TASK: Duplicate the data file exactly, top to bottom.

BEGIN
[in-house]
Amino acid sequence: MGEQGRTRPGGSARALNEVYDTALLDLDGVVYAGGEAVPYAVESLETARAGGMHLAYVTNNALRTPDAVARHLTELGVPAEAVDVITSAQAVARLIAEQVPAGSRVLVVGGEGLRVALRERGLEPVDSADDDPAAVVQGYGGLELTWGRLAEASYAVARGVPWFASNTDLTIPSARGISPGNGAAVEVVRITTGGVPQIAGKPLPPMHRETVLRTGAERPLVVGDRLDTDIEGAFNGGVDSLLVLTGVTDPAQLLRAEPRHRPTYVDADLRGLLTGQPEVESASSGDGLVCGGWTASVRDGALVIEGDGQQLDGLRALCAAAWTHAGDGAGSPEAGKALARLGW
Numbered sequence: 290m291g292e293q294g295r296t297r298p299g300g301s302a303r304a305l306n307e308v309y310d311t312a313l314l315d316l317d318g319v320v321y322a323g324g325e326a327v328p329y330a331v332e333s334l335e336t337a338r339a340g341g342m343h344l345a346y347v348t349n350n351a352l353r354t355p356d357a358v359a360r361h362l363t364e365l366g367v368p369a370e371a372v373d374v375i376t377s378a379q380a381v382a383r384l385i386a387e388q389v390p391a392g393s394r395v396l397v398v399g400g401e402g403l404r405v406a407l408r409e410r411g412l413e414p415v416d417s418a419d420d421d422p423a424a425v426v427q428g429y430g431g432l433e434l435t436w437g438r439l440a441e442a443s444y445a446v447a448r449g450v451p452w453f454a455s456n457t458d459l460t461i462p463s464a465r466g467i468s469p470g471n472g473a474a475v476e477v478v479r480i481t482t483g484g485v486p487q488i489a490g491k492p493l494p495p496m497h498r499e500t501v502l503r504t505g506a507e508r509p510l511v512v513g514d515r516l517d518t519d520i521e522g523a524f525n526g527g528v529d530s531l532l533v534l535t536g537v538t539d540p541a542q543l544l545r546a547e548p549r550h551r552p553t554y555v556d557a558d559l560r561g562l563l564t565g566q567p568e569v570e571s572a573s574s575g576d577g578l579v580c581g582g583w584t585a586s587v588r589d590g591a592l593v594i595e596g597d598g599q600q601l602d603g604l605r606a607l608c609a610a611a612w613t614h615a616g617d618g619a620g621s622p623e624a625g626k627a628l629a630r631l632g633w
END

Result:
[in-house]
Amino acid sequence: MGEQGRTRPGGSARALNEVYDTALLDLDGVVYAGGEAVPYAVESLETARAGGMHLAYVTNNALRTPDAVARHLTELGVPAEAVDVITSAQAVARLIAEQVPAGSRVLVVGGEGLRVALRERGLEPVDSADDDPAAVVQGYGGLELTWGRLAEASYAVARGVPWFASNTDLTIPSARGISPGNGAAVEVVRITTGGVPQIAGKPLPPMHRETVLRTGAERPLVVGDRLDTDIEGAFNGGVDSLLVLTGVTDPAQLLRAEPRHRPTYVDADLRGLLTGQPEVESASSGDGLVCGGWTASVRDGALVIEGDGQQLDGLRALCAAAWTHAGDGAGSPEAGKALARLGW
Numbered sequence: 290m291g292e293q294g295r296t297r298p299g300g301s302a303r304a305l306n307e308v309y310d311t312a313l314l315d316l317d318g319v320v321y322a323g324g325e326a327v328p329y330a331v332e333s334l335e336t337a338r339a340g341g342m343h344l345a346y347v348t349n350n351a352l353r354t355p356d357a358v359a360r361h362l363t364e365l366g367v368p369a370e371a372v373d374v375i376t377s378a379q380a381v382a383r384l385i386a387e388q389v390p391a392g393s394r395v396l397v398v399g400g401e402g403l404r405v406a407l408r409e410r411g412l413e414p415v416d417s418a419d420d421d422p423a424a425v426v427q428g429y430g431g432l433e434l435t436w437g438r439l440a441e442a443s444y445a446v447a448r449g450v451p452w453f454a455s456n457t458d459l460t461i462p463s464a465r466g467i468s469p470g471n472g473a474a475v476e477v478v479r480i481t482t483g484g485v486p487q488i489a490g491k492p493l494p495p496m497h498r499e500t501v502l503r504t505g506a507e508r509p510l511v512v513g514d515r516l517d518t519d520i521e522g523a524f525n526g527g528v529d530s531l532l533v534l535t536g537v538t539d540p541a542q543l544l545r546a547e548p549r550h551r552p553t554y555v556d557a558d559l560r561g562l563l564t565g566q567p568e569v570e571s572a573s574s575g576d577g578l579v580c581g582g583w584t585a586s587v588r589d590g591a592l593v594i595e596g597d598g599q600q601l602d603g604l605r606a607l608c609a610a611a612w613t614h615a616g617d618g619a620g621s622p623e624a625g626k627a628l629a630r631l632g633w